US secretary of state Hillary Clinton should stress the need to respect press freedom during her talks with government officials on the seven-nation African tour she has just begun in Kenya, Reporters Without Borders said today.
“We welcome the US secretary of state’s decision to accord Africa a tour of this length,” Reporters Without Borders said. “We share her interest in combating corruption and we would like to stress that this requires defending press freedom. A journalist who exposes kickbacks, fraud or embezzlement in Africa is immediately harassed, arrested or even jailed.”
The press freedom organisation added: “This tour offers the United States a chance to send a strong signal to African leaders by insisting that they pledge to respect basic freedoms. It also offers a chance to send a message of encouragement to their citizens, who are often punished if they dare to express their views freely. It is regrettable that certain countries are not on the programme, such as Gambia, which has the worst press freedom situation in West Africa.”
On the first day of the Nairobi leg of her tour yesterday, Clinton urged African states to combat corruption and crime and to promote “good governance.” Before leaving the Kenyan capital, Reporters Without Borders thinks she should ensure that the authorities are deploying all possible resources to solve the murder of freelance journalist Francis Kainda Nyaruri, whose decapitated body was found in a forest in the southwest of the country on 29 January.
Shortly before his death, Nyaruri said he had been threatened by police officers whose behaviour he had criticised. “Only the arrest of both the perpetrators and instigators will serve to reassure Kenya’s journalists, who have been deeply traumatised by this appalling murder,” Reporters Without Borders said.
While in Nairobi, Clinton is also due to meet Sheikh Sharif Ahmed, the president of Somalia’s transitional government, which has been weakened by the Islamist militia Al-Shabaab’s offensive. With 14 journalists killed since the start of 2007, Somalia is the deadliest country in Africa for the media and the US government should encourage the authorities to protect journalists.
While the arbitrary arrests, kidnappings and murders of journalists in Somalia are already extremely worrying, Clinton should bear mind that an Al-Shabaab victory over the government forces would have a dramatic impact on basic freedoms and especially freedom of the press.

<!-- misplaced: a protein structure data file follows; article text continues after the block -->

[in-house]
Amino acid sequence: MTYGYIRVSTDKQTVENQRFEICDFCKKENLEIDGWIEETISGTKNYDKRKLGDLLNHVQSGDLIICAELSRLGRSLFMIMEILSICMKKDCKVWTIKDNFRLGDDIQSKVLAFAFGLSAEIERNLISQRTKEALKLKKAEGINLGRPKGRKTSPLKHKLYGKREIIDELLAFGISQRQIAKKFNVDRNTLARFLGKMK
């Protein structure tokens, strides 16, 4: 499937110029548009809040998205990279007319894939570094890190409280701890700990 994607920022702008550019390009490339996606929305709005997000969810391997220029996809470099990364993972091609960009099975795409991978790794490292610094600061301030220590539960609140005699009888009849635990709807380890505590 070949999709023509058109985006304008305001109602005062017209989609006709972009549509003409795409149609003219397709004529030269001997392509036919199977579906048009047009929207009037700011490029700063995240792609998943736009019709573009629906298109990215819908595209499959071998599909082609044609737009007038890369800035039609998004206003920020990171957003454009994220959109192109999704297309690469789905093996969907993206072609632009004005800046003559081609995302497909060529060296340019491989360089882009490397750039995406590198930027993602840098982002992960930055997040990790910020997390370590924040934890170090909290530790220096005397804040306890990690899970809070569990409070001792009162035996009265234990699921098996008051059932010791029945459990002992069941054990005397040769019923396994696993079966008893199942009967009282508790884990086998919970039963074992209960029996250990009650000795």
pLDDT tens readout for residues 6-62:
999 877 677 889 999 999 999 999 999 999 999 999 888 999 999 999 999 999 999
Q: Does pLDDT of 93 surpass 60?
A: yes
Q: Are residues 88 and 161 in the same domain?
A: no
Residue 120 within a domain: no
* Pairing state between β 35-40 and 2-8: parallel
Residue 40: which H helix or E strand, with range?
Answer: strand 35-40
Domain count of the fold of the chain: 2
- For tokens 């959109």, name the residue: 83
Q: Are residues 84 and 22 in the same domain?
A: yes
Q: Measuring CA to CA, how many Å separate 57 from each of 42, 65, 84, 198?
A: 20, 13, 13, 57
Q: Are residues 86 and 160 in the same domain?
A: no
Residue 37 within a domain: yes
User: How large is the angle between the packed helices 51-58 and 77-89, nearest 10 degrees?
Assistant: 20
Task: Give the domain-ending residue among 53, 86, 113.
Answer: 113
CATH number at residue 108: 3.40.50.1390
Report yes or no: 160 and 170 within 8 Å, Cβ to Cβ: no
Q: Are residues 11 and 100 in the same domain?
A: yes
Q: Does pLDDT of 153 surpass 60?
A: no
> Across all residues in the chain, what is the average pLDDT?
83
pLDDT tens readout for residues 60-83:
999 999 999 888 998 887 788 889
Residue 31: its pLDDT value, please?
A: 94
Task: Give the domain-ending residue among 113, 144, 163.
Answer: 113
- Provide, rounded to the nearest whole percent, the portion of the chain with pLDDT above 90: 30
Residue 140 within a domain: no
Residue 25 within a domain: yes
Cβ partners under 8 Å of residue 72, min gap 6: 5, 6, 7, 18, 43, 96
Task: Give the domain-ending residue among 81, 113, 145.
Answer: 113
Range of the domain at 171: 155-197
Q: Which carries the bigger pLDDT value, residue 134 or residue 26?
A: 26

After South Africa and Angola, Clinton will have an opportunity in Kinshasa to share her concern with President Joseph Kabila about the impunity enjoyed by those who killed Radio Okapi journalists Serge Maheshe and Didace Namujimbo in Bukavu (the capital of the eastern province of Sud-Kivu).
The trial of those who allegedly gunned down Maheshe on 13 June 2007 was a complete fiasco that has been denounced by many local and international human rights groups. The military court in charge of investigating the murder of Namujimbo, who was shot in the head on 21 November 2008, has yet to hold its first hearing.
Clinton’s talks in Nigeria with President Musa Yar'Adua will undoubtedly touch on the recent deadly clashes between the security forces and Islamist militants in the north of the country as well as Nigeria’s oil-fuelled powerhouse economy. She should also remind him that journalism is a dangerous profession in Nigeria.
Journalists are constantly the victims of street violence, heavy-handed raids and beatings by the police and the State Security Service, and arbitrary arrest by provincial governors, who often abuse their authority. After Gambia, Nigeria is the West African country that shows least respect for press freedom, according to the 2008 Reporters Without Borders press freedom index.
While on her way from Liberia to Cape Verde, the former First Lady would ideally detour via Banjul in order to tell Gambian President Yahya Jammeh how much his behaviour appals human rights activists and pro-democracy campaigners.
Seven journalists who are leading members of the Gambia Press Union are currently being harassed and prosecuted for criticising Jammeh. At the same time, he has been making provocative and threatening comments about journalists on the state-owned broadcaster GRTS and does not hesitate to throw leading figures in prison as if they were common bandits.
“Firm condemnation of this situation by Washington would have the merit of ending the deafening silence about Gambia’s human rights violations and would reassure the sizable Gambian diaspora in the United States,” Reporters Without Borders said.
“The US intelligence services could also take the opportunity to release the information they have about the circumstances in which Deyda Hydara, the editor of the privately-owned newspaper The Point, was murdered in 2004,” Reporters Without Borders added. In the course of two detailed investigations into Hydara’s murder, the press freedom organisation found evidence indicating that President Jammeh’s security services were involved.
Picture: Hillary Clinton with M. Wetangula, Kenya's Foreign Affairs Minister (TSR)